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Friday Reads: The Sea-Section Edition


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View Shirley Hao's blog posts
13 November 2009, 1:00 AM
Love bite brings baby sharks into the world
The proud mother. Photo: New Zealand Herald

[UPDATE: "Friday Reads" is now moving to Mondays! Look for us at the start of your week.]

Imagine you're a prospective new mum, walking down the street, minding your own business. Maybe you're thinking about which hospital you should deliver your little ones at. Or perhaps which nursery school to enroll them in. When all of a sudden, a fellow pedestrian suddenly decides to help said little ones out of your womb—with their teeth!

Such was an unusual afternoon this week at Auckland's Kelly Tarlton's Antarctic Encounter and Underwater World for one school shark (Galeorhinus galeus), who was bit by a Broadnose Sevengill shark. Or, as Kelly Tarlton's curator Andrew Christie put it, "took some of its normal seasonal aggression out on her."

Unbeknownst to the aquarium staff, the school shark was pregnant, and the situation quickly went from horrifying to bizarre for stunned spectators, as four shark pups gleefully slipped out through the sizeable gash in their mother's side and into the wide world of the aquarium tank.

According to The New Zealand Herald:

Kelly Tarlton's aquarist Fiona Davies said it was common for sharks to take chunks out of each other, even in the wild, but she had never heard of anything like this.

"It had to bite a certain part to let them out and do it without killing them [the babies] or her [the mother]."

Davies went on to explain that had the unconventional c-section not occurred at that time, the baby sharks would likely have been born at night—and would quickly have become delectable midnight snacks for the other sharks and stingrays.

Staff quickly scooped up the four newborns and their mother—and promptly found four additional pups patiently waiting inside mum. In this happy ending, the mother has been treated and is reportedly recovering well. Her eight children will eventually be released into the wild.

Perhaps we'll hear next week that the Broadnose Sevengill shark, who started all this excitement, will have performed triple bypass heart surgery on a Short-Tailed stingray. In the meantime, if all this marine talk has you interested in what Earthjustice is doing in the waters, read on about the our fight to save the right whales, and to protect sea turtles from longliners.

More Reads:
Leaves aren't the brightest bulbs in the world. Come fall, the tree has to make an executive decision: Why Leaves Really Fall Off Trees, NPR: Krulwich on Science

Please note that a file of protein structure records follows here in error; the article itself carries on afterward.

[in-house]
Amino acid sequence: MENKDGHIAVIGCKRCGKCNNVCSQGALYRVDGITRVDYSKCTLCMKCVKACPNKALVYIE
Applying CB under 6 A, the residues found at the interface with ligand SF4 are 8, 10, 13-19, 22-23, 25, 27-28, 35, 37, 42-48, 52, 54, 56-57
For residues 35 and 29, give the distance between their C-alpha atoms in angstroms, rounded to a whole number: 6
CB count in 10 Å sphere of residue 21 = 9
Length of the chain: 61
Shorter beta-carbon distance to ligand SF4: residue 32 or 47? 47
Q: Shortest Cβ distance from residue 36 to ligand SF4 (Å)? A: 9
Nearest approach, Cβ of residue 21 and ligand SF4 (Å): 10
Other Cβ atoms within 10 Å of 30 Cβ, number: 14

The wrong exhibit to jump into: At the zoo, no escape for a deer in the lions' den, Washington Post
Penguin photographers: Watch the birdie!, Daily Mail
Happy 40th Birthday, Sesame Street: Sesame Street's Top 10 Environmental Videos, Treehugger

Many country in Asia should make this as a lesson to make a good movies too. We must try to make a historical movies like gone with the wind and hamlet. elliptical machine

Davies went on to explain that had the unconventional c-section the north face outlet not occurred at that time, the baby sharks would likely have been born at night—and would quickly have become delectable columbia sportswear outlet midnight snacks for the other sharks and stingrays.

Being a nature lover and environment conscious I never missed even a single post here. It was really a nail biting situation that the four shark pups gleefully slipped out through the sizeable gash in their mother's side and into the wide world of the aquarium tank. The needed acts from the staffs’ side saved those early born shark pups. I am really glad to hear that the mother and the eight children have been treated and are recovering well. It is great news that the Broadnose Sevengill shark, which started all this excitement, will have performed triple bypass heart surgery on a Short-Tailed stingray. Sam \www.birdtricks.com

Very informative and trustworthy blog. Please keep updating with great posts like this one. I have booked marked your site and am about to email it to a few friends of mine that I know would enjoy reading
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A fantastic story indeed. I've been studying ichthyology for many years already, always enrich my knowledge with something I haven't known before, downloading different books and tutorials from pdf'ok search http://www.pdfok.com But I have always admired sharks for they are so exceptionally beautiful and magnificent. We should take care of them and not tolerate their extinction!

This is fantastic. Sharks are in real trouble right now and need all the help they can get. The best way is to educate the public about what a vital role they play in the oceans ecosystem. to learn more about these wonderful creatures view; http://www.sharks.org.za

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